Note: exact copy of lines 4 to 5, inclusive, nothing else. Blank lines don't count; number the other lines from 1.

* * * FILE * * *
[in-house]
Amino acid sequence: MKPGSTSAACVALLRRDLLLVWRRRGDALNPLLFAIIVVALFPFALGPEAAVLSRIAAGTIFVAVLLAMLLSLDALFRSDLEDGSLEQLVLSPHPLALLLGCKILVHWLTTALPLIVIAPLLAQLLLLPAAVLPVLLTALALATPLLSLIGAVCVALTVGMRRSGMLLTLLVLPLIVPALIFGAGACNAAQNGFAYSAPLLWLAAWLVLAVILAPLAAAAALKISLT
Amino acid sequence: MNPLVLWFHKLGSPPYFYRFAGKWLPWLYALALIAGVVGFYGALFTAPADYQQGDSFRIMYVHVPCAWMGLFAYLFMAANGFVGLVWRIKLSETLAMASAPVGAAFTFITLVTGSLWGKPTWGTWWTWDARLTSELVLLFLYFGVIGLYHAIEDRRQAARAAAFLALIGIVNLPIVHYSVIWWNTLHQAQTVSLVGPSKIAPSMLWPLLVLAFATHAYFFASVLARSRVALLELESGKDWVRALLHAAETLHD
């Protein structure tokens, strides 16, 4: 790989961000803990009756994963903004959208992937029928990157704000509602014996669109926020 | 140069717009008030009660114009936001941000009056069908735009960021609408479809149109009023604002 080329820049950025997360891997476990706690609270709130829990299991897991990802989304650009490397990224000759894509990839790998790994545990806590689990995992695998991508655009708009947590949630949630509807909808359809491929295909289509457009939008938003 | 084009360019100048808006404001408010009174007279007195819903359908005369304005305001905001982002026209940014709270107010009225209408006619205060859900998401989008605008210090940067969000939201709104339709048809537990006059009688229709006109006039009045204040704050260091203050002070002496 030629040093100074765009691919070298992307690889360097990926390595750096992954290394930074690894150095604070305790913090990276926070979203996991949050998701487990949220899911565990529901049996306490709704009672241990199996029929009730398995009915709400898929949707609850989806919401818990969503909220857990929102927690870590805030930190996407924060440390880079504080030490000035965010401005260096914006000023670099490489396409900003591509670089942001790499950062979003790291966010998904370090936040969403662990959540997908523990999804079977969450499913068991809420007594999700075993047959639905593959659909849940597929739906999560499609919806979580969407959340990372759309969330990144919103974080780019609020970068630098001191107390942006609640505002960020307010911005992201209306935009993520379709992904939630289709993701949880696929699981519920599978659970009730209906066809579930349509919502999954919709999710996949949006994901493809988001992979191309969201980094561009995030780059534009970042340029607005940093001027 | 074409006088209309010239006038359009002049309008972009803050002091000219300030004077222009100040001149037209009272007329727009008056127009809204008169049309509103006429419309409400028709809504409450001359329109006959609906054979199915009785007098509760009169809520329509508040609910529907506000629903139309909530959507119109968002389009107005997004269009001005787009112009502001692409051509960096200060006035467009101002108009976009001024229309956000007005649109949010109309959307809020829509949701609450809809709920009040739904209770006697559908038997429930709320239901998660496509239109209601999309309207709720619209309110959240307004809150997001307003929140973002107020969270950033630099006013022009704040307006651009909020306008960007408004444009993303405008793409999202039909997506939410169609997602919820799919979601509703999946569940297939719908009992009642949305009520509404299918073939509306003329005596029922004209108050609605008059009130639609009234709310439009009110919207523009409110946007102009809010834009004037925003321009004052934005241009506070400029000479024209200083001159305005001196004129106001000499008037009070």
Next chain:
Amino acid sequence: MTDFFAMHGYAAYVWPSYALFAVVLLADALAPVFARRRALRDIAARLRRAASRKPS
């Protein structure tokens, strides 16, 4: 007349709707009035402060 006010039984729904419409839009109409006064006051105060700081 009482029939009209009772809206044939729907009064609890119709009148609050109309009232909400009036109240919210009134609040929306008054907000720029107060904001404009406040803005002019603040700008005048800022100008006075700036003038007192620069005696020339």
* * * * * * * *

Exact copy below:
């Protein structure tokens, strides 16, 4: 790989961000803990009756994963903004959208992937029928990157704000509602014996669109926020 | 140069717009008030009660114009936001941000009056069908735009960021609408479809149109009023604002 080329820049950025997360891997476990706690609270709130829990299991897991990802989304650009490397990224000759894509990839790998790994545990806590689990995992695998991508655009708009947590949630949630509807909808359809491929295909289509457009939008938003 | 084009360019100048808006404001408010009174007279007195819903359908005369304005305001905001982002026209940014709270107010009225209408006619205060859900998401989008605008210090940067969000939201709104339709048809537990006059009688229709006109006039009045204040704050260091203050002070002496 030629040093100074765009691919070298992307690889360097990926390595750096992954290394930074690894150095604070305790913090990276926070979203996991949050998701487990949220899911565990529901049996306490709704009672241990199996029929009730398995009915709400898929949707609850989806919401818990969503909220857990929102927690870590805030930190996407924060440390880079504080030490000035965010401005260096914006000023670099490489396409900003591509670089942001790499950062979003790291966010998904370090936040969403662990959540997908523990999804079977969450499913068991809420007594999700075993047959639905593959659909849940597929739906999560499609919806979580969407959340990372759309969330990144919103974080780019609020970068630098001191107390942006609640505002960020307010911005992201209306935009993520379709992904939630289709993701949880696929699981519920599978659970009730209906066809579930349509919502999954919709999710996949949006994901493809988001992979191309969201980094561009995030780059534009970042340029607005940093001027 | 074409006088209309010239006038359009002049309008972009803050002091000219300030004077222009100040001149037209009272007329727009008056127009809204008169049309509103006429419309409400028709809504409450001359329109006959609906054979199915009785007098509760009169809520329509508040609910529907506000629903139309909530959507119109968002389009107005997004269009001005787009112009502001692409051509960096200060006035467009101002108009976009001024229309956000007005649109949010109309959307809020829509949701609450809809709920009040739904209770006697559908038997429930709320239901998660496509239109209601999309309207709720619209309110959240307004809150997001307003929140973002107020969270950033630099006013022009704040307006651009909020306008960007408004444009993303405008793409999202039909997506939410169609997602919820799919979601509703999946569940297939719908009992009642949305009520509404299918073939509306003329005596029922004209108050609605008059009130639609009234709310439009009110919207523009409110946007102009809010834009004037925003321009004052934005241009506070400029000479024209200083001159305005001196004129106001000499008037009070």
Next chain: